All four of my late grandparents came from the Pale of Settlement, from what are now regions of independent Ukraine and Lithuania. In their youth all four of my grandparents had made sweeping—and in many ways successful—transitions. As were hundreds of thousands of Jewish families of the Pale, ours was torn apart by winds of revolution, Zionism and emigration. As did tens of thousands of children of the Pale, in the late 1920s and early 1930s all four of my grandparents actively sought a place and a career in a new world, which during the first two Soviet decades still intoxicated the Jews with a promise of equality, if not acceptance. All four of my grandparents were culturally Russianized, and yet for each one of them, Jewishness was inescapable. Over the decades of living outside the former Pale, even their first names and patronymics had become palimpsests of acculturation. In fact, a Jewish past still echoed in my parents’ birth certificates issued before World War 2. My paternal grandfather Peysakh Borukhovich became Pyotr Borisovich, a name free of Judaic telltale signs. My paternal grandmother Bella Wolfovna, a Lithuanian rabbi’s daughter, metamorphosed into Bella Vladimirovna. My maternal grandfather Aron Ikhilovich put on the tidy clothes of Arkady Ilyich. And only old university friends from Kharkiv remembered my outwardly Slavic maternal grandmother Anna Mikhailovna as the once Jewish Nyusya Moshkovna.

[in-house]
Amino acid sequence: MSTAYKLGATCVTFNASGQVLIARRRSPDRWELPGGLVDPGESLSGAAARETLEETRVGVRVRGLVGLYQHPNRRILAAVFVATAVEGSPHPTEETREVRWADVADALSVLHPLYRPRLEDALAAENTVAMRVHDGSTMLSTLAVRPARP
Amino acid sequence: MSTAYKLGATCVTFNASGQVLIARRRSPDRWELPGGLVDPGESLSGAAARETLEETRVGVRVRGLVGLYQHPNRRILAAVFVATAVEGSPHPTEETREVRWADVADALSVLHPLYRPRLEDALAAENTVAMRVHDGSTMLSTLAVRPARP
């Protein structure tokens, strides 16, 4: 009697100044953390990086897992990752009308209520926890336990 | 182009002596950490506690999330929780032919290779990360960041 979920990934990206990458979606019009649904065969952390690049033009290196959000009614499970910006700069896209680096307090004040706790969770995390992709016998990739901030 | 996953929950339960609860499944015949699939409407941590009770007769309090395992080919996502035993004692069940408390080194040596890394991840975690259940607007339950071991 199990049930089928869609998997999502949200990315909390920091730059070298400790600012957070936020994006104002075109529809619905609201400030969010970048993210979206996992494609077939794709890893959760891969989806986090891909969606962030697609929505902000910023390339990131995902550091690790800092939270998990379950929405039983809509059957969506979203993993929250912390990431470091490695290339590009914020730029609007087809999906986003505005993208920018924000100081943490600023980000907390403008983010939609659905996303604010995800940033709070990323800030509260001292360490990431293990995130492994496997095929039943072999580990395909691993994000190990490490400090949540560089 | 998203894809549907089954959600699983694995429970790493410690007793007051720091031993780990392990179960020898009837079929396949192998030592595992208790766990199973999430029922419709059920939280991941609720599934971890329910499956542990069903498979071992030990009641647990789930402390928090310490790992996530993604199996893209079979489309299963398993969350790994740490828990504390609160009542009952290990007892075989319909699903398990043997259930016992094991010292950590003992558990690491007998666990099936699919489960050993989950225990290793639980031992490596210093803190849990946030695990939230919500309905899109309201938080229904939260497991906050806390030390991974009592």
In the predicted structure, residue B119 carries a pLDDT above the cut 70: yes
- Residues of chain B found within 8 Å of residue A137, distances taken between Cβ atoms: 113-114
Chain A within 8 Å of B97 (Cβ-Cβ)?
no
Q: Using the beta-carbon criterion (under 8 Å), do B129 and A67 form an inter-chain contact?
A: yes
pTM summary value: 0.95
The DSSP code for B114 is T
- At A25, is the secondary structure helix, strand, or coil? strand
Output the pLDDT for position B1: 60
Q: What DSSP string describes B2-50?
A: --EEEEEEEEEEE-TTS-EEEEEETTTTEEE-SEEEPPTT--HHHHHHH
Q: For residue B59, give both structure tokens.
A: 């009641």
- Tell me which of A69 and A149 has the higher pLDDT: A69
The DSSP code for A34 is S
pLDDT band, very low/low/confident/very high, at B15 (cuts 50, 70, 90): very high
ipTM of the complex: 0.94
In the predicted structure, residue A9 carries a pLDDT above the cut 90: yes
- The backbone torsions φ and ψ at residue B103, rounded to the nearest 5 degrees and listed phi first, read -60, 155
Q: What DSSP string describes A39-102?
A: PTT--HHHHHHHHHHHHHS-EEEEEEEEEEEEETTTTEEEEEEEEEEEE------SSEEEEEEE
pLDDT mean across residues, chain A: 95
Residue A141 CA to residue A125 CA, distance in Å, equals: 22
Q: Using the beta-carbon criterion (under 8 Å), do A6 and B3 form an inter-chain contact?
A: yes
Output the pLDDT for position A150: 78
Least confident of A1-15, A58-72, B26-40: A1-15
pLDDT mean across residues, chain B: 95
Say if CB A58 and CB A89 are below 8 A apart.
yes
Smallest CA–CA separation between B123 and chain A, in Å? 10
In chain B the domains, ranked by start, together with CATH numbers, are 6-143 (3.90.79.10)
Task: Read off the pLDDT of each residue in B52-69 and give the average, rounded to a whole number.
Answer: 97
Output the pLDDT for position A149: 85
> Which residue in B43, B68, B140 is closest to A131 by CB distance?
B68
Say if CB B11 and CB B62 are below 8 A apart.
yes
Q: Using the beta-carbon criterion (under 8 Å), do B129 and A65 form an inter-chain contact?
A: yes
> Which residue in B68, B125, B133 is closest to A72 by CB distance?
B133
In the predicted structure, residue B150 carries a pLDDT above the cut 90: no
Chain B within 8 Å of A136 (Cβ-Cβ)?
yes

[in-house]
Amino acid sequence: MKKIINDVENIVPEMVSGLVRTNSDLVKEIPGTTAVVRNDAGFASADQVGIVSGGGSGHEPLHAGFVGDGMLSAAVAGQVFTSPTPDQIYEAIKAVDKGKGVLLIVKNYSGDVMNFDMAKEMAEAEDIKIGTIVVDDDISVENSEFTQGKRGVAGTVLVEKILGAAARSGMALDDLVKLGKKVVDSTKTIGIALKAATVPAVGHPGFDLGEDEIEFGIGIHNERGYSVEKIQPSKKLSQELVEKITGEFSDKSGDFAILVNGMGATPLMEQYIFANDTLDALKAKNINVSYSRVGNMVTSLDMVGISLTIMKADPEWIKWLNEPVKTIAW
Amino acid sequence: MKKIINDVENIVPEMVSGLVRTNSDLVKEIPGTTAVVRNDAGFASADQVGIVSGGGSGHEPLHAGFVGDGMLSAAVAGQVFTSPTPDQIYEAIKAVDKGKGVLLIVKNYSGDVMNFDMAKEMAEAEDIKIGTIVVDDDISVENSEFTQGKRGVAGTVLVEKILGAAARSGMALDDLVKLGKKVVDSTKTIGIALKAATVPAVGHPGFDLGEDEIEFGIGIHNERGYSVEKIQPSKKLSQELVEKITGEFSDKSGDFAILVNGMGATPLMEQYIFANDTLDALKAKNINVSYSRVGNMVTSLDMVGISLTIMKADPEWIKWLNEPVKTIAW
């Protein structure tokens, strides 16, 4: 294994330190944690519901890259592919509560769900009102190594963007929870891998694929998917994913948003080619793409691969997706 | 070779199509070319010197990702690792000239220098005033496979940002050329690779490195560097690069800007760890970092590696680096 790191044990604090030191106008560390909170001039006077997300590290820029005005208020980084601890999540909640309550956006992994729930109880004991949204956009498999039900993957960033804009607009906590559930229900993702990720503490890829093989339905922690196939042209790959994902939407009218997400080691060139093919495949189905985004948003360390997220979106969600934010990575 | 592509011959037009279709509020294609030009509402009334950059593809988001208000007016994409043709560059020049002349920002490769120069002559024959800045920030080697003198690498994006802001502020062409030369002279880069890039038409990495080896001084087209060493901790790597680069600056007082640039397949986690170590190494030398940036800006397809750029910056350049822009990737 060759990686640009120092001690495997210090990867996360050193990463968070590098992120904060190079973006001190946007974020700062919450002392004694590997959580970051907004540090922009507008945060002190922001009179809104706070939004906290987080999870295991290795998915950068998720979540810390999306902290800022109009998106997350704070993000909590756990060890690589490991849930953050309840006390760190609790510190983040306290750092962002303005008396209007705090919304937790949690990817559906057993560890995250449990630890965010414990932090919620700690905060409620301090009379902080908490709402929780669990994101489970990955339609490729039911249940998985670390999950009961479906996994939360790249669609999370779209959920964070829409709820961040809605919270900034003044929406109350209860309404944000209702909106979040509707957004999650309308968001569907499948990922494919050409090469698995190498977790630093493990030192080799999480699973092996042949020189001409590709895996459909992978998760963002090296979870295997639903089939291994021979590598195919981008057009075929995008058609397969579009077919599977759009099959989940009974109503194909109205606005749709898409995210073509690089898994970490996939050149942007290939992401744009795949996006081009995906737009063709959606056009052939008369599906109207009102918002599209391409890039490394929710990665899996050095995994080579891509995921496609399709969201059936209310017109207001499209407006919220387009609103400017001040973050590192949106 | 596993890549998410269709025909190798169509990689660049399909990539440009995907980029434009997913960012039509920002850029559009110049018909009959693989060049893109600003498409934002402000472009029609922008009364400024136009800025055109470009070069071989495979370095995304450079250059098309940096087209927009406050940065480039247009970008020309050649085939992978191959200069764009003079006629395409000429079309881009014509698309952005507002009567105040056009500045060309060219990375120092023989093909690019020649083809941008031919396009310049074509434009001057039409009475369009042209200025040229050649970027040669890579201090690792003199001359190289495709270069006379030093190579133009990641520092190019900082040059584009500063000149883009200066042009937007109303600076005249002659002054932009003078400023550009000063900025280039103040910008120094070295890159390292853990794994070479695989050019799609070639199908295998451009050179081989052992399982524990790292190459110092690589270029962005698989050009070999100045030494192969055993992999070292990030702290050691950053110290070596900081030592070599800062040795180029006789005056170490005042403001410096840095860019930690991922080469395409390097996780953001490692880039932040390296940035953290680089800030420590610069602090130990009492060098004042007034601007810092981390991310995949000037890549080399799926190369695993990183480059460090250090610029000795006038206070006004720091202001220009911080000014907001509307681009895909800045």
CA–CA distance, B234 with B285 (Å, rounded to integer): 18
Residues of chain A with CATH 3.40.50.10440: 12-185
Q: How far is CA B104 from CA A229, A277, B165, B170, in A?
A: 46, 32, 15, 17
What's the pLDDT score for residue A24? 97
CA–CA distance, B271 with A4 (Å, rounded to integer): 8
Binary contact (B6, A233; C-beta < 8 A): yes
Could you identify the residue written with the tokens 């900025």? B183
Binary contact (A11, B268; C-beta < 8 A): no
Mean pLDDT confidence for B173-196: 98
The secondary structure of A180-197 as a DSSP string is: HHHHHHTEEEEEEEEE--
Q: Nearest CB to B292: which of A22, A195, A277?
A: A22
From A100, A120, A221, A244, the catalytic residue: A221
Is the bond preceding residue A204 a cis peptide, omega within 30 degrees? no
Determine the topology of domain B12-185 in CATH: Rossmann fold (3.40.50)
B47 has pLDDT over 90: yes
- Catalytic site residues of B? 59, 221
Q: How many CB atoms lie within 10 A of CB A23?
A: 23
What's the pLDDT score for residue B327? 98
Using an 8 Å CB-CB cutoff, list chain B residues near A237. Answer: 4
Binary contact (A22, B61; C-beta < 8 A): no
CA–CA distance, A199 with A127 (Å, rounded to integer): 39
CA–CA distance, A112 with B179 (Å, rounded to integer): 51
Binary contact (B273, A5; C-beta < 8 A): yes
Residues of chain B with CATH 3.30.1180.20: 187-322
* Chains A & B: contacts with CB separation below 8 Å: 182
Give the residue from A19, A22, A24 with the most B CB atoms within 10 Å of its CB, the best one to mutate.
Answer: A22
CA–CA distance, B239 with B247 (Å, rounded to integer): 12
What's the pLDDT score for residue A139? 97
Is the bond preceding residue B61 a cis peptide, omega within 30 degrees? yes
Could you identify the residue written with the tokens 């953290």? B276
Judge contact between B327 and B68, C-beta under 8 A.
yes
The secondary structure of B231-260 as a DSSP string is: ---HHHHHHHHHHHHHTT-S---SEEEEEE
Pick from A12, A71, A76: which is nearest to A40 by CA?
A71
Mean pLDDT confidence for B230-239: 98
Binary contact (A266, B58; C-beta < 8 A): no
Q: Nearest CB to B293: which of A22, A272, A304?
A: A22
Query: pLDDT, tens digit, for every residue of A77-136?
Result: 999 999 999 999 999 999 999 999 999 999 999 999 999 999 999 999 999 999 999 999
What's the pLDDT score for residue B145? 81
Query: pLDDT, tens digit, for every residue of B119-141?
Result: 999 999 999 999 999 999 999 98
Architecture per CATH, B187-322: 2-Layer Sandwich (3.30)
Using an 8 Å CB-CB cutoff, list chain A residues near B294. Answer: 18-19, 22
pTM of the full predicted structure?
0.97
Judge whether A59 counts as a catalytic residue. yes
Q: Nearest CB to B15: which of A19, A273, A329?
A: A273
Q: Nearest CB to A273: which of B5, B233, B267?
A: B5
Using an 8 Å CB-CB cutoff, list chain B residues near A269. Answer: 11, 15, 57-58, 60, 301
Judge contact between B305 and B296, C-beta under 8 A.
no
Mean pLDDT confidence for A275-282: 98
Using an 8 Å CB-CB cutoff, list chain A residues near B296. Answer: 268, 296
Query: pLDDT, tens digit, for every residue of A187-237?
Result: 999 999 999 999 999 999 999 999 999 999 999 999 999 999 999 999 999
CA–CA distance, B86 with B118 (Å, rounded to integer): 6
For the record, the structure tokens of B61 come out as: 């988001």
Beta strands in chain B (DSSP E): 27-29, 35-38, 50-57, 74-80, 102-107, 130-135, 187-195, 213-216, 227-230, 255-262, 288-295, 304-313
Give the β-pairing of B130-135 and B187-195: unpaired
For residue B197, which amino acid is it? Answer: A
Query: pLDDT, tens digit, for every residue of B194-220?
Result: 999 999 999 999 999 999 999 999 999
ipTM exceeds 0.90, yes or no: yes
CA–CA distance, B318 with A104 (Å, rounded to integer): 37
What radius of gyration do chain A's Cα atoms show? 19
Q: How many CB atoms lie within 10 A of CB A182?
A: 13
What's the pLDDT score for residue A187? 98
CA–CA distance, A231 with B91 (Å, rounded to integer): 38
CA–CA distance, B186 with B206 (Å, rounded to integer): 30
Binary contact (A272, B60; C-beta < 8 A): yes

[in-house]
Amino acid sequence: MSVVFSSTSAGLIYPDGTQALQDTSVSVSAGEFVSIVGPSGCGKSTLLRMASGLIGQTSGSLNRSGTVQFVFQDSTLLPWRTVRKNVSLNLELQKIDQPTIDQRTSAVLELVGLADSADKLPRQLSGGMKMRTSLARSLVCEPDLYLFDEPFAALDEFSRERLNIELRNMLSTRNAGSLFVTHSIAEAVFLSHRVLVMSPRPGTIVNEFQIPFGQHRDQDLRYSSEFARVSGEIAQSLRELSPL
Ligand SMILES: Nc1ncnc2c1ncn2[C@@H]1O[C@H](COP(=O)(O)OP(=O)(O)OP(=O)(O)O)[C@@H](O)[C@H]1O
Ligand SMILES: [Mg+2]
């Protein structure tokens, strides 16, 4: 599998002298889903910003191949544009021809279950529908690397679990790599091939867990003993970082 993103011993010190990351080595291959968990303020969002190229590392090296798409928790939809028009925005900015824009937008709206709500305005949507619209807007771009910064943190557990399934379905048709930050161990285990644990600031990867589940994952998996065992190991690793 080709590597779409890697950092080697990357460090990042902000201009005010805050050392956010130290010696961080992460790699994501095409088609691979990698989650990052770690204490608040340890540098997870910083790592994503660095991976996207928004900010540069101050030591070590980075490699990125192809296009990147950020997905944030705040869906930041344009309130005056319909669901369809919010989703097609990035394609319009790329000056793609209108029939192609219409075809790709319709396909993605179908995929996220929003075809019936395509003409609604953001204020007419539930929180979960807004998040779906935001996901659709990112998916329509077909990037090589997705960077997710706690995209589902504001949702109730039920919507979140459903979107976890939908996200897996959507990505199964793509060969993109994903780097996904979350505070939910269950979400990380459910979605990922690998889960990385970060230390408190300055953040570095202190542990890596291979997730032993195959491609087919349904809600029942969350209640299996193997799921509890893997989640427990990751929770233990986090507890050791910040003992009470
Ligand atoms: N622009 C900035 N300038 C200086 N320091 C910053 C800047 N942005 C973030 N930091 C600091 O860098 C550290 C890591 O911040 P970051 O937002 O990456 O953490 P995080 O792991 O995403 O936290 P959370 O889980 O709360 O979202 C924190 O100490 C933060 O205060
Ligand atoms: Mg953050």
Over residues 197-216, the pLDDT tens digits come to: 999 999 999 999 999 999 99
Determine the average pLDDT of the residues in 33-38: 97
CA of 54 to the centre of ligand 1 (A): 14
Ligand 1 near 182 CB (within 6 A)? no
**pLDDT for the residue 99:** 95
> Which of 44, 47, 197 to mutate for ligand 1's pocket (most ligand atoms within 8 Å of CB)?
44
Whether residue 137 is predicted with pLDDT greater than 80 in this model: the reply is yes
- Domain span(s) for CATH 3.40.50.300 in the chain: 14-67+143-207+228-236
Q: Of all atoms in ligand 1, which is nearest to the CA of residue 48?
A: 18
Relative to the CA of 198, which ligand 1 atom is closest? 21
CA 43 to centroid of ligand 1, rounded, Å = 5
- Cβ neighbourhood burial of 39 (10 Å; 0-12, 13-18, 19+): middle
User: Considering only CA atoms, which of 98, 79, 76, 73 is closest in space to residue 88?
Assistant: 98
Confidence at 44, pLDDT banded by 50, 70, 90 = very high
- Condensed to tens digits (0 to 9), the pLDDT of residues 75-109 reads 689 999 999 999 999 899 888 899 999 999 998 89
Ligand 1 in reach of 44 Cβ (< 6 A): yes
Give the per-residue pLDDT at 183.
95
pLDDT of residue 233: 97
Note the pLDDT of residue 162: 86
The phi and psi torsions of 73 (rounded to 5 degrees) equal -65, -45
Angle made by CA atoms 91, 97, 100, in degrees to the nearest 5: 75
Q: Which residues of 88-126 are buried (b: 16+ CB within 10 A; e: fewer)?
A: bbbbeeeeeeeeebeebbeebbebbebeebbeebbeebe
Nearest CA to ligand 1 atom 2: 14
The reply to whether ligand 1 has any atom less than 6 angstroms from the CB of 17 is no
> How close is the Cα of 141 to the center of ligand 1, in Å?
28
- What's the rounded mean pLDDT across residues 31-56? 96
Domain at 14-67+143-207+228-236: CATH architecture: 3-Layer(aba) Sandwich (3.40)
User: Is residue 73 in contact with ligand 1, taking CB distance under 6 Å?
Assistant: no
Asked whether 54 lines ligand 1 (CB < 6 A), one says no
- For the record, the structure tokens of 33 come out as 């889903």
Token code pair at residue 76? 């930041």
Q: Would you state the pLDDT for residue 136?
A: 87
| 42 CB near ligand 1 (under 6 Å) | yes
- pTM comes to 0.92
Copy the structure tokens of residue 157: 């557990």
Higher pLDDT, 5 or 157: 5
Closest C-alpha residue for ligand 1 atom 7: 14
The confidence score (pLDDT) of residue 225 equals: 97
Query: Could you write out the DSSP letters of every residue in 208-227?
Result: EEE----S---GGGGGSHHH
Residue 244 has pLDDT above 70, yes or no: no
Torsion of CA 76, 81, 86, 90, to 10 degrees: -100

The author’s maternal grandmother, Anna Studnits (third row third from right) with brother and family members. 1931, Horodok, Khmelnitskyi (formerly Kamianets-Podilskyi) Province, Ukraine.

Both of my mother’s parents grew up in the Ukraine (which has since blessedly lost its definite article). My mother’s mother, Anna (Nyusya) Studnits, was born in 1914 in the town of Bar, presently of the Vinnitsa Province. Around the time of my grandmother’s birth, almost half of Bar’s population, or 10,000, were Jewish. She lost her mother as a young girl. After living with the family of her father’s sister in the Podolian town of Horodok, she left home as a teenager to go to junior college. My maternal grandmother came of age when the Soviet Union was moving at a fast clip toward Stalinism. Although never a member of the Party, my grandmother lived much of her adult life in the Soviet Union by pretending to believe in the official ideology. Like so many women of her generation, she had weathered Stalinism and learned to be a survivalist. My grandmother told me about being a student at Kharkiv Economics Institute in the 1930s. After Hrihoryi Petrovskyi, an old Bolshevik and then President of the Ukrainian Soviet Republic, was removed from his post in January 1938, my grandmother and two girlfriends stayed up all night sifting through photo albums in search of their pictures taken alongside Petrovskyi at a gala for top university students. The pictures with the deposed Ukrainian leader were either eviscerated or burned altogether.

The pictures with the deposed Ukrainian leader were either eviscerated or burned altogether.